A grieving Wisconsin woman is wondering whether her husband’s life could have been saved had flight steward allowed her to make an emergency phone call.
Karen Momsen-Evers’ Southwest Airlines flight was on the runway in New Orleans and about to take off when she received a haunting text message from her husband. It read: “Karen, please forgive me for what I am about to do, I am going to kill myself…”
In an interview with WTMJ-4 News, she said she texted him back with a “no” reply, but flight stewards completing final cabin checks refused to let her make a call, even though the plane was still on the ground.
“The steward slapped the phone down and said you need to go on airplane mode now,” Momsen-Evers told the local news station.
When she explained the dire situation, the steward said there was nothing she could do due to FAA regulations.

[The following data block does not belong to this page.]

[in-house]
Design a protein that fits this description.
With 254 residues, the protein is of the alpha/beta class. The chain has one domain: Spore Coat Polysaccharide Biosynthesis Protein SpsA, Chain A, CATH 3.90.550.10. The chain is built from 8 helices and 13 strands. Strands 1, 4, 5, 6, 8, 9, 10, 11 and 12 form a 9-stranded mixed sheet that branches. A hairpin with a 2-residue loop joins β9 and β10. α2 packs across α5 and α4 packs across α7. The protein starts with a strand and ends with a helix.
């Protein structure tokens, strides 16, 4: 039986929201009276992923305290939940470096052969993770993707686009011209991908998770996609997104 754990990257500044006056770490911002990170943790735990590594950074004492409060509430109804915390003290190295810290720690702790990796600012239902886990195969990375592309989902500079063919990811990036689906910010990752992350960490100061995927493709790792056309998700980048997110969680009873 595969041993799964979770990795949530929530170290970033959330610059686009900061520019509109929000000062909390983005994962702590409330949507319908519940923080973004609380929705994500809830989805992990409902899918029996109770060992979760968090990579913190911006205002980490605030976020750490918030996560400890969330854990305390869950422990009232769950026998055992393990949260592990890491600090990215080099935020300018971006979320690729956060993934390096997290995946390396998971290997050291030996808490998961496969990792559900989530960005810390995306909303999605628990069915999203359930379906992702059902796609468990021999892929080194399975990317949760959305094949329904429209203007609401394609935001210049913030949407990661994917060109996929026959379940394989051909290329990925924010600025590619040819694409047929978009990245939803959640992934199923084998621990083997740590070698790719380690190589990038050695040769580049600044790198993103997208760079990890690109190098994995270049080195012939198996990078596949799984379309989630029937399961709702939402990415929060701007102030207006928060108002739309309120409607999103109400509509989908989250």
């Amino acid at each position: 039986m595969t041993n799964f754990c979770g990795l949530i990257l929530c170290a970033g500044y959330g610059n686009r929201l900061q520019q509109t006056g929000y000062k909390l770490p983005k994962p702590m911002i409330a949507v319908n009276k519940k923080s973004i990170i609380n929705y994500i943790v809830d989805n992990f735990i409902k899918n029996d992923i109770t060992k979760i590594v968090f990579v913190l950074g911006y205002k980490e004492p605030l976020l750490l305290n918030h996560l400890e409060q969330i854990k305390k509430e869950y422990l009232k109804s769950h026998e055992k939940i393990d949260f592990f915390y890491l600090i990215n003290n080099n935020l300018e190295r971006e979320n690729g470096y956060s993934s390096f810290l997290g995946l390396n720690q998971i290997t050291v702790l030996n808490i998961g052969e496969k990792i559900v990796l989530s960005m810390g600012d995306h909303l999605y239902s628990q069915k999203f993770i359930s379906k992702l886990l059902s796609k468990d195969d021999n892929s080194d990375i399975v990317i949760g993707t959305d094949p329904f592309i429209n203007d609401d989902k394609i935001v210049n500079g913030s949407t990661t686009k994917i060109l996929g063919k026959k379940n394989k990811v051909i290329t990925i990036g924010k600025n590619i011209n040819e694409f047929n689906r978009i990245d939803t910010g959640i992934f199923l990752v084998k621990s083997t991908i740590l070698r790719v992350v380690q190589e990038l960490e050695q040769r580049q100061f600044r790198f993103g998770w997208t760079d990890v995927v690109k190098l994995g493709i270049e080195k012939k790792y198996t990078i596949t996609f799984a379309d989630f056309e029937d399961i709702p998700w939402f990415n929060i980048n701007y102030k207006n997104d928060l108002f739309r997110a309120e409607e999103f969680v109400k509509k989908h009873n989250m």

Another steward was approached when the flight reached cruising altitude. She explained the situation to the crew member and “begged her” to make an emergency phone call, but the request was rebuffed.
“I just wanted someone to go and try to save him,” she said. Instead, she spent the two hour flight looking at the text and crying.
When the flight landed in Milwaukee, she was allowed to make a call to police. But it was too late.
Police officers met Momsen-Evers at her home, informing her that her husband had already killed himself.
The new widow wonders whether the outcome could have changed if crew members on the aircraft took serious action on the urgent situation.
Southwest Airlines issued the following statement over the incident:
“Our hearts go out to the Evers family during this difficult time. Our flight attendants are trained to notify the Captain if there is an emergency that poses a hazard to the aircraft or to the passengers on-board. In this situation, the pilots were not notified.”